The Terminator -- They make it clear in the first film that no weapons can be brought back through the time machine, but the Terminator can time-travel because it's moving mechanical parts are covered by living tissue. This raises three huge plot-holes related to taking weapons back in time: First and most obvious, once the Terminator knew Sarah Connor was in Los Angeles, why didn't it just detonate its power cell (which is like a small nuclear detonation)? However, even if we answer that by noting that the first film might not have included the power cell concept (it was explained later), then the second obvious problem is that Skynet could've just opened up the Terminator's belly and stuck a nuke or more advanced weapons directly inside the Terminator, since it would've been covered by living tissue. In fact, the Terminator's arms and legs could've had guns built into them to pop out and shoot missiles. So it really doesn't make much sense. And the third problem is, if a Terminator can bypass the rule against weapons etc traveling through the time machine by having the machinery inside itself, why didn't Kyle just stuff a ray gun up his butt or cut open his leg/arm and insert a high-powered explosive inside? It might've been painful, but surely he could've come up with something like that to help him on his mission.

Back to the Future -- After George and Lorraine get married and have a son, why aren't they freaked out when their son grows up to look identical to their old strange friend Calvin who helped get them together and whom the mother was obsessed with? Didn't George ever have suspicions that his wife must've had an affair with Calvin after their marriage? Didn't Lorraine wonder how she gave birth to a clone of the guy she thought she loved? And didn't she get suspicious when eventually Calvin Klein underwear was sold in stores and looked exactly like the underwear from her mysterious old flame? EDIT: I just remembered, and confirmed in the screenplay, that they also knew their old friend "Calvin" in high school also went by the name... MARTY. He tells Lorraine this in the very first scene that they share in the past, when she keeps calling him "Calvin." So they name their eventual son after their friend (thus proving they clearly remembered him and honored him), and that son grew up to look identical to Marty and behave just like him. Lorraine might even have had a horrible sense of deja vu when Marty bought the EXACT SAME CLOTHING "Calvin" was wearing when she first met him (a day that surely stuck in her memory), including the orange vest!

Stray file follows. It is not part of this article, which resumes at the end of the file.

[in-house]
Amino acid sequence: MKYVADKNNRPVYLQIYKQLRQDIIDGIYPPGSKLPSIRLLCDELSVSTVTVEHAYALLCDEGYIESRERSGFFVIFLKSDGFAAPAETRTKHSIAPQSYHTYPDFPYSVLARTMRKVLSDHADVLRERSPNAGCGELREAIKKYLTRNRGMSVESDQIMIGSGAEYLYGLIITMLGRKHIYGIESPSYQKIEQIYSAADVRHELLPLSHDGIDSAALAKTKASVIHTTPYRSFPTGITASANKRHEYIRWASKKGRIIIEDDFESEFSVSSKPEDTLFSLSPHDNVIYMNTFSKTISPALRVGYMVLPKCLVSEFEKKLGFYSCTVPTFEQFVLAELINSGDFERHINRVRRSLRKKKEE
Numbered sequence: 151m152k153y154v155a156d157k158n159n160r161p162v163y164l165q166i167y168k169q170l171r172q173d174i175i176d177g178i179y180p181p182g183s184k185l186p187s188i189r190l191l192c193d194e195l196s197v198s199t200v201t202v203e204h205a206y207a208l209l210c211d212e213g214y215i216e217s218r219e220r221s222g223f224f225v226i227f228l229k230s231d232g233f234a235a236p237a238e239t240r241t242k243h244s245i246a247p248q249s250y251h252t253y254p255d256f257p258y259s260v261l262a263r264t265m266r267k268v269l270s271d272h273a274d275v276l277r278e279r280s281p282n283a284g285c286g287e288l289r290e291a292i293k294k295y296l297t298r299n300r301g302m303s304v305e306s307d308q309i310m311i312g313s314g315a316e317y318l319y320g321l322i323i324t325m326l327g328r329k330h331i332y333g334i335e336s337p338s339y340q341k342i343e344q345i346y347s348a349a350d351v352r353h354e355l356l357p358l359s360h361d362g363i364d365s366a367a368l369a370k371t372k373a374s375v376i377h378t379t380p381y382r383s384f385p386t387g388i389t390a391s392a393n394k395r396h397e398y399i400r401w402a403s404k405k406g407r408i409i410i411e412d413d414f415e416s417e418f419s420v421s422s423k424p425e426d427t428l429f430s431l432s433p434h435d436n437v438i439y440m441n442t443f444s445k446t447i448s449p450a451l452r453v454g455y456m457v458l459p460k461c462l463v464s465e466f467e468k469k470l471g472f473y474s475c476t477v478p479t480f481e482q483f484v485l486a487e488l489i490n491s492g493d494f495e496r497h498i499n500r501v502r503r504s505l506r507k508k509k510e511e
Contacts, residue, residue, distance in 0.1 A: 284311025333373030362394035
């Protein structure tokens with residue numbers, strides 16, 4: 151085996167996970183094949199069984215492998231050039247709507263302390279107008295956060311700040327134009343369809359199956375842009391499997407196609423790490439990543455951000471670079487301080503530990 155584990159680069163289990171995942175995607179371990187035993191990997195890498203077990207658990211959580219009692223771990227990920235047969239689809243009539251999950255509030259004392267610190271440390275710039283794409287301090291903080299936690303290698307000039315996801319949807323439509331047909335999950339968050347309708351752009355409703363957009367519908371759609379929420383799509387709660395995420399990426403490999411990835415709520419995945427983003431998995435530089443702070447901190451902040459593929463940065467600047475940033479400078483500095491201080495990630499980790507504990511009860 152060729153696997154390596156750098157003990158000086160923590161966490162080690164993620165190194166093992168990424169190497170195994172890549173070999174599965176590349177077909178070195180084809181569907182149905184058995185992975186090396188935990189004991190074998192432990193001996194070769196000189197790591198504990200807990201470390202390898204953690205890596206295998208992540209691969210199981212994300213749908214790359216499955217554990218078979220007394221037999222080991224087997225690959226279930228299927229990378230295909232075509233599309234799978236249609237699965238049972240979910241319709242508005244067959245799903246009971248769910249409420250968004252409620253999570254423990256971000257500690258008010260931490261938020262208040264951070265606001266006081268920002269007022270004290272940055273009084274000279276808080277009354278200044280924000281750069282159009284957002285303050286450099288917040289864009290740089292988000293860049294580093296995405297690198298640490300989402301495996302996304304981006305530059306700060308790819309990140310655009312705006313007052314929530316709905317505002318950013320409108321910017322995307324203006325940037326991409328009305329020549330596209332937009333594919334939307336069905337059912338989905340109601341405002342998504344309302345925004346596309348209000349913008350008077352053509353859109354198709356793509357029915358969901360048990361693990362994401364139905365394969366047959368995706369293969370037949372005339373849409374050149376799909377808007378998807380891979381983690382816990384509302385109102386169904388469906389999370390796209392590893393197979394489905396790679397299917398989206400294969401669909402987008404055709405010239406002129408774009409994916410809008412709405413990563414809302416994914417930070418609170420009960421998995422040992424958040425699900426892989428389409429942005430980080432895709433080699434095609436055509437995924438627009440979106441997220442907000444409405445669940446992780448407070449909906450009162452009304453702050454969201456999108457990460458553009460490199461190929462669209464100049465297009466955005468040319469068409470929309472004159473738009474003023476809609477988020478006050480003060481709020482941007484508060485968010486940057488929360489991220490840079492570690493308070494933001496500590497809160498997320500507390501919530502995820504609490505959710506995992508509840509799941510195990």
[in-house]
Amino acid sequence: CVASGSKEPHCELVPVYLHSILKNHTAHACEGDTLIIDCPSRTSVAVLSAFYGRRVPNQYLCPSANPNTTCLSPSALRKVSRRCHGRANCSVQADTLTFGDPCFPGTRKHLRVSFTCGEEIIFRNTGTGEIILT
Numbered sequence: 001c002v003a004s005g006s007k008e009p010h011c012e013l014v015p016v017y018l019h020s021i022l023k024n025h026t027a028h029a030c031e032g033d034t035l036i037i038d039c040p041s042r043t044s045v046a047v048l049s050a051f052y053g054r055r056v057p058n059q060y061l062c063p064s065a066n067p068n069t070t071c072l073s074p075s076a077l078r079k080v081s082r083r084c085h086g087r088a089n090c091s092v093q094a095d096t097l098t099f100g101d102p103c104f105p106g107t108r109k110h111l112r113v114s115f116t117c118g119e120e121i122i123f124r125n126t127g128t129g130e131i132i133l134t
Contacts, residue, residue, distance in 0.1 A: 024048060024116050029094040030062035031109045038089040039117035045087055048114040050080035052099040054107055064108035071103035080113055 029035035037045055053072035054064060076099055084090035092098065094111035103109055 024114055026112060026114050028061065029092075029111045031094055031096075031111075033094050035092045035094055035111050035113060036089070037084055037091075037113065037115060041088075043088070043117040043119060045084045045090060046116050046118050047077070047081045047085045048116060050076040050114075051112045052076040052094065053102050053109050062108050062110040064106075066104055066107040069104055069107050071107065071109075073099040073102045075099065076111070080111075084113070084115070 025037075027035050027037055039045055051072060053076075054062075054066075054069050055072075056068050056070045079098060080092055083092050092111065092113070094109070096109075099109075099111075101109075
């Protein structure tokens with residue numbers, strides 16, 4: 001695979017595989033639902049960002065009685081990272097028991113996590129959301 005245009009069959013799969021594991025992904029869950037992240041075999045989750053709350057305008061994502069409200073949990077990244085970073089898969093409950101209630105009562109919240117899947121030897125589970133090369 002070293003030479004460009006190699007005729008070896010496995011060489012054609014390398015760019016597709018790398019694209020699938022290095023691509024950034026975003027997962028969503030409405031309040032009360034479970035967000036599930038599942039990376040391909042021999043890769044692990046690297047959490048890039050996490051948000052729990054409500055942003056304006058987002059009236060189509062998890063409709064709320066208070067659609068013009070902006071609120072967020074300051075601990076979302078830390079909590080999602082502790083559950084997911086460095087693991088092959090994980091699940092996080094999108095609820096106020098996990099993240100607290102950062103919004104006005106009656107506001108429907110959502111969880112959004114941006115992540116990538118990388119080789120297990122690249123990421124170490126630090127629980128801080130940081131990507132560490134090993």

Looper -- Pay close attention to the time-line in the movie. First, Joe goes through a timeline where he kills his future self, gets his payoff, retires, marries, and then the Rainmaker shows up to take over the underworld and begin killing off all of the Loopers and closing down the Looper program. Clearly the Rainmaker hates Loopers, and we're told he saw his mother killed in front of him, and he has a fake jaw from an injury to his face. Future-Joe is therefore grabbed by the Rainmaker's men and is going to be killed, but he escapes and jumps into a time-machine, going back in time and NOT being shot by Past-Joe after all. So boom, time is being changed, and Future-Joe is now searching for the Rainmaker to kill him as a child in order to save Joe's eventual wife. And of course, it turns out this is what created the Rainmaker in the first place. Cid is the Rainmaker, a mutant who sees Joe kill his mother in front of him, gets shot in the jaw by Joe, and will grow up to hate Loopers and try to kill them all off so one won't come back in time to kill his mother. Thus Joe and the Rainmaker are in fact mirror versions of one another's missions, one trying to save someone he loves in the future by stopping the killer in the past, the other trying to save someone he loves in the past by stopping the killer in the future. It's a pretty brilliant narrative and the themes are excellent. It's a really good film... except it makes no sense at all. Because we see the original time-line where Past-Joe shoots his older self and collects the payoff etc, living his entire life normally, and the Rainmaker shows up WITHOUT HAVING BEEN CREATED IN THE FIRST PLACE. Think very carefully about the entire series of events, including at the farm in the past -- there are no other people showing up who could've been the original ones trying to kill Cid, and if someone came around later in the future to do the same things that turn Cid into the Rainmaker then it would happen anyway (thus the film's ending wouldn't make sense either). There's just no way around it -- the film has the Rainmaker showing up in the original time-line despite the fact nothing happens that created him yet. The story is very clear, there's no point ignoring the obvious fact it establishes Joe is responsible for creating the Rainmaker, it's the driving point of the film, and Cid's injuries at the end are even a match for the future Rainmaker.